Your CAMs are a significant part of your occupancy cost. Unlike your rents, they're usually not a set figure. Your landlord is free to pass through CAMs to you, whatever they cost, and you're obligated to pay them. While you can't always manage this part of your occupancy cost, you can prepare for any changes in it by tracking a few basic metrics.
If your utilities are billed in common with other tenants, you might not have a lot of control over them. Anything that you do to be more energy-efficient could be cancelled out by another tenant. If your building goes from being partially vacant to being fully occupied, you could also end up paying more for utilities, especially if your lease doesn't have a gross-up clause. You can see increases coming by doing the following things:
Pay attention to building occupancy if tenant utilities are billed in common. The fuller the building gets, the higher the bills will be.
Watch for utility rate adjustments - if commercial rates go up, yours will too.
Track the weather. Warm summers or cold winters equate to higher CAM charges when the climate control bill comes due.
Capital Expenditures and Your Occupancy Cost
Pay attention to what is going on around your building. If you find out about capital expenditures, read your lease carefully to see who pays for them. If it's you, learn how it gets paid. Generally, your lease will specify one of these payment methods:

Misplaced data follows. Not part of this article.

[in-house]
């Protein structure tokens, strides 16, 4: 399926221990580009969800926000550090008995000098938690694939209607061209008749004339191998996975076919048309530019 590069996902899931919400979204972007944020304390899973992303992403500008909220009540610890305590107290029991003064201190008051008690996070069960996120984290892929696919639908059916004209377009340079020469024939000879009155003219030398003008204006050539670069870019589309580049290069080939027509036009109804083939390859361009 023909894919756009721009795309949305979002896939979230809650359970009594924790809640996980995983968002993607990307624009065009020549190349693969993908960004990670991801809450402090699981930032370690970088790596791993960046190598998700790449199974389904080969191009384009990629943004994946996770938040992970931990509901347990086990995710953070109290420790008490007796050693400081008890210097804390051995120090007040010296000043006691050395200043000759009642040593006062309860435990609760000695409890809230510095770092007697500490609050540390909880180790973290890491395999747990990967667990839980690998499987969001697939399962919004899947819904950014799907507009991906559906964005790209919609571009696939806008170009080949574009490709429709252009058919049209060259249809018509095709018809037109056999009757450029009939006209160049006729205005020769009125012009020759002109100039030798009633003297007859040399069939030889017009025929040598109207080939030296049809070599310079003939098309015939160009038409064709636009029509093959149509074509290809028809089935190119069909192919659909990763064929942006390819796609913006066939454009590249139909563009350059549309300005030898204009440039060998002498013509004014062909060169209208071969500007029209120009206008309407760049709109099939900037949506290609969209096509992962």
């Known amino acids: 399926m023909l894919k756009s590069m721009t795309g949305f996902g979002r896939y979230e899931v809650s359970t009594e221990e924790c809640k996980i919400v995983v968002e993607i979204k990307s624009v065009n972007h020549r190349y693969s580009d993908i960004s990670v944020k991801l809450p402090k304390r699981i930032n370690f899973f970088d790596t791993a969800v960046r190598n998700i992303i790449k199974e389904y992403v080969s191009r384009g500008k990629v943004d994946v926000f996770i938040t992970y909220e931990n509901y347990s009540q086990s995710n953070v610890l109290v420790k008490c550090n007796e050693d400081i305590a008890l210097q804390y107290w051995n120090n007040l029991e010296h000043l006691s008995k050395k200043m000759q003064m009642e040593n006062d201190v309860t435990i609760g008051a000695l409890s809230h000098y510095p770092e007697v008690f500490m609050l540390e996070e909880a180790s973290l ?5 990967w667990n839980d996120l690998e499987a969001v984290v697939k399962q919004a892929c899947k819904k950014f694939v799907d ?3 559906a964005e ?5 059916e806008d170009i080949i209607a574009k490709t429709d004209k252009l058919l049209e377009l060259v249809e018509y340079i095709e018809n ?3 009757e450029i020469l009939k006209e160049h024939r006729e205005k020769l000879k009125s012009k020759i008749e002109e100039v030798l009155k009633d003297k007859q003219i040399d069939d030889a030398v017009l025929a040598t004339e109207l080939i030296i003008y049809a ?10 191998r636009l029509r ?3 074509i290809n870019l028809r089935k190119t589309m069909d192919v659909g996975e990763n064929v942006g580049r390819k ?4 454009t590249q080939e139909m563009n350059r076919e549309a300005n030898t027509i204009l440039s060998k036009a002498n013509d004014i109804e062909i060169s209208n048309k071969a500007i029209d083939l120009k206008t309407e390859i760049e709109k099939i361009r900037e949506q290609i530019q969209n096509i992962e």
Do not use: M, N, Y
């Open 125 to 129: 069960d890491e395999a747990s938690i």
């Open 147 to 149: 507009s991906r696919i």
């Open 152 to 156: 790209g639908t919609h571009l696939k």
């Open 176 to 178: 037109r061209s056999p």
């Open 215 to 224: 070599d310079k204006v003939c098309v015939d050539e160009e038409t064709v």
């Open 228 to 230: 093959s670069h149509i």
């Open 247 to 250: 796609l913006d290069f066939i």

100% landlord-paid for all expenses.
100% landlord-paid, except for expenses that directly benefit tenants (energy conservation).
Tenants fund reserves.
Tenants pay pro-rata share amortized over their occupancy.
Tenants pay 100% of cost.
Being billed for capital expenditures isn't always a bad thing. If you can pay a little bit for high pay-back upgrades like better water fixtures or high-efficiency lighting, you may find that higher CAMs for a year or two lead to lower CAMs for the rest of your tenancy.
Having a relationship with a commercial real estate broker can help you predict how this part of your occupancy cost will fluctuate. If your building is under-assessed, you run the risk of having your building reassessed more accurately and having a higher property tax bill come through your CAMs. In parts of the country where property taxes are largely frozen until they're reassessed when the building gets sold, your CAMs could skyrocket. Two ways to manage property taxes are:
1. Work with your landlord on a property tax appeal if your building is over-assessed. If he passes through the property taxes, he's probably not motivated to do it himself, so you can provide the impetus to get it done.
2. Put a clause in your leases that caps your tax reimbursement increases after the property's sale.
Staying Ahead of Reconciliations
You don't have to wait until the end of the year to find out what happened with the building's CAM budget. While your building manager might not have a CAM reconcilation at his fingertips, most managers run reports that show month-to-day expenses relative to the building's budget. Bearing in mind that they might not be seasonally adjusted for variables like snow removal or electricity for a building's air conditioner, those statements can give you a sense of whether you'll receive or owe money at your reconciliation. Even if the manager won't give you the statement - it's usually for internal consumption - he can give you a sense so that you can better manage your occupancy cost.
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